The people see the forest as nothing more than a resource, and wasted space. Ape-like creatures continuously attempt to plant trees on a mountain that was cleared of its life by Lady Eboshi who continuously has to stop them. This cycle is a simple demonstration of two opposing worlds constantly working towards their own betterment, which is a key part of one of Princess Mononoke’s central themes: the impossibility of harmony.
The main figure on the side of the forest is San, a human girl raised by wolves to be an animal. She and Eboshi are enemies that desperately want to kill each other. Ashitaka wants to meet San and see her side of things. In one breathtaking scene, San attacks the town and Lady Eboshi. Ashitaka ends up between them holding them back from fighting. The infectious tentacles manifest on his infected arm, becoming a symbol of hatred between the two women, the demon inside both of them.
One of the grandest visuals of the film is that of the forest spirit, a giant god, translucent and sparkling, walking through the woods at night. In the daytime it takes the form of a majestic animal, a cross between a deer and a dinosaur with the face of a baboon and graced with many antlers. As it walks, the plant life it steps on grows and dies. This not a being that is simply life but life and death simultaneously. Miyazaki embraces the natural order of things, and rejects only what is unnatural. Lady Eboshi wants to kill the forest spirit. Apparently the only way to do so is to cut off its head. Eboshi will succeed, but at what cost?
The conflict between man and nature is a central preoccupation in Miyazaki’s films, but not until Mononoke did he fully explore it. In an earlier film, Nausicaa of the Valley of the Wind, the conflict was somewhat simplified. That film was extraordinary for it’s endearing heroine, one of my favourite of all characters, and its overwhelming compassion, but it didn’t truly investigate its own ideology. In Mononoke, Miyazaki realizes that in this conflict, both sides are simply doing what seems right for them. This parable begins to expand beyond just man vs. nature, to man vs. man. All those fighting for the forest want is what is best for the forest, all those fighting for the town want what is best for the town. We observe that there is no possibility of harmony between these two opposing forces, because they will always be opposing.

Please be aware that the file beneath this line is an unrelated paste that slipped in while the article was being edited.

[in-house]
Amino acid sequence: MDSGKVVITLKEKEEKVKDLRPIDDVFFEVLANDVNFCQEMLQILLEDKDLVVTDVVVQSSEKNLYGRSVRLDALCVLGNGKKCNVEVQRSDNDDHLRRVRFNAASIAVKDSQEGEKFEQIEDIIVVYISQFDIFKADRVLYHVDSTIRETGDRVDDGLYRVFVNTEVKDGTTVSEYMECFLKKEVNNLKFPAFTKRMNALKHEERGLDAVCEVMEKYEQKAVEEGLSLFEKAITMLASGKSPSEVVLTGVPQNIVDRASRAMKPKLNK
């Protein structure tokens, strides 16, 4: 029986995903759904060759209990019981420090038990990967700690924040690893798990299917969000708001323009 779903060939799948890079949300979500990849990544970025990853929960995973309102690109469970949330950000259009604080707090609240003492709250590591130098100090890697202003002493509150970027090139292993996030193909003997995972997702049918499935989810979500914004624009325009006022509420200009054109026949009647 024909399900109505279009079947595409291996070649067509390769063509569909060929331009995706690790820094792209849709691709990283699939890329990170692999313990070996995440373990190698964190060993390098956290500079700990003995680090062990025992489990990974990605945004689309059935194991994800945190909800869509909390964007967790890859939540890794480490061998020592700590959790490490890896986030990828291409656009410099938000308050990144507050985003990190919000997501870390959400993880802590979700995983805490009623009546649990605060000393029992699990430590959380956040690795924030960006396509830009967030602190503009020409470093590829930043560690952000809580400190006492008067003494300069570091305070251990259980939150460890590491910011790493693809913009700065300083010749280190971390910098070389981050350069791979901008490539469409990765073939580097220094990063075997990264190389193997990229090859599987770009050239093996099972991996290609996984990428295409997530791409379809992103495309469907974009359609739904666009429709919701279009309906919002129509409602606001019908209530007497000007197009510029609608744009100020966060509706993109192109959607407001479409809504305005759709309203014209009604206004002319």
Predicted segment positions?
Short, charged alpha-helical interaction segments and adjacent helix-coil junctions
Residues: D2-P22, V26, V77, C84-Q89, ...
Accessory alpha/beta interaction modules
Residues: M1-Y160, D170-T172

The film is far more violent than Miyazaki’s other films, and indeed it is not designed for young children. Unlike what we are used to in mainstream animation, Miyazaki never panders to a young audience. Even Pixar, a studio I highly respect, is sometimes guilty of considering their demographic before their stories. Unlike in Disney films, characters in Miyazaki ‘s work are complex and well rounded. Often he portrays women as strong-willed and self-sufficient, as exemplified by Iron Town, where females seem to be the dominant sex.
Miyazaki rejects the technological advancements of modern animation, instead using that which he considers pure. CGI is minimally used only as a touch-up element in some of his films and he has publicly vowed never to make a computer-animated feature. Almost as a sort of protest, his latest film, Ponyo, has no computer-generated content, and is entirely hand-drawn and painted, largely by Miyazaki himself who is always hands on with his films. In a genre littered with musical numbers, fairly tales and simple morals, Miyazaki gives us compelling and complex stories with unique characters that beg the viewer to explore a world and themselves. Filled with stunning sights such as gorgeous watercolour backgrounds, his films possess the magic once promised by animation.
Comparing Miyazaki’s films to Disney is not all that fair. While Princess Mononoke is what I consider to be the pinnacle of animation, it is also one of the crowning achievements of the 1990s, and cinema in general. In fact, when I conducted an online poll asking nearly 100 voters to submit a list of what they considered to be the ten best films of all time, I included Princess Mononoke on mine. Indeed, Hayao Miyazaki is a Japanese auteur to be ranked among the masters Kurosawa, Mizoguchi and Ozu.
In Princess Mononoke, every frame is filled to the brim with creativity so large; that its realization is indeed a miracle. The examination of perspective and the conflict of industry and nature is illustrated in a wholly original and thought provoking manner. It contains Miyazaki’s most complete investigation of his themes, as well as the most realistic outlook. At the end of the film, Ashitaka returns the head of the forest spirit that Lady Eboshi had shot off, and the final image is of a kodama appearing, rattling its little head. There is, at least, some hope.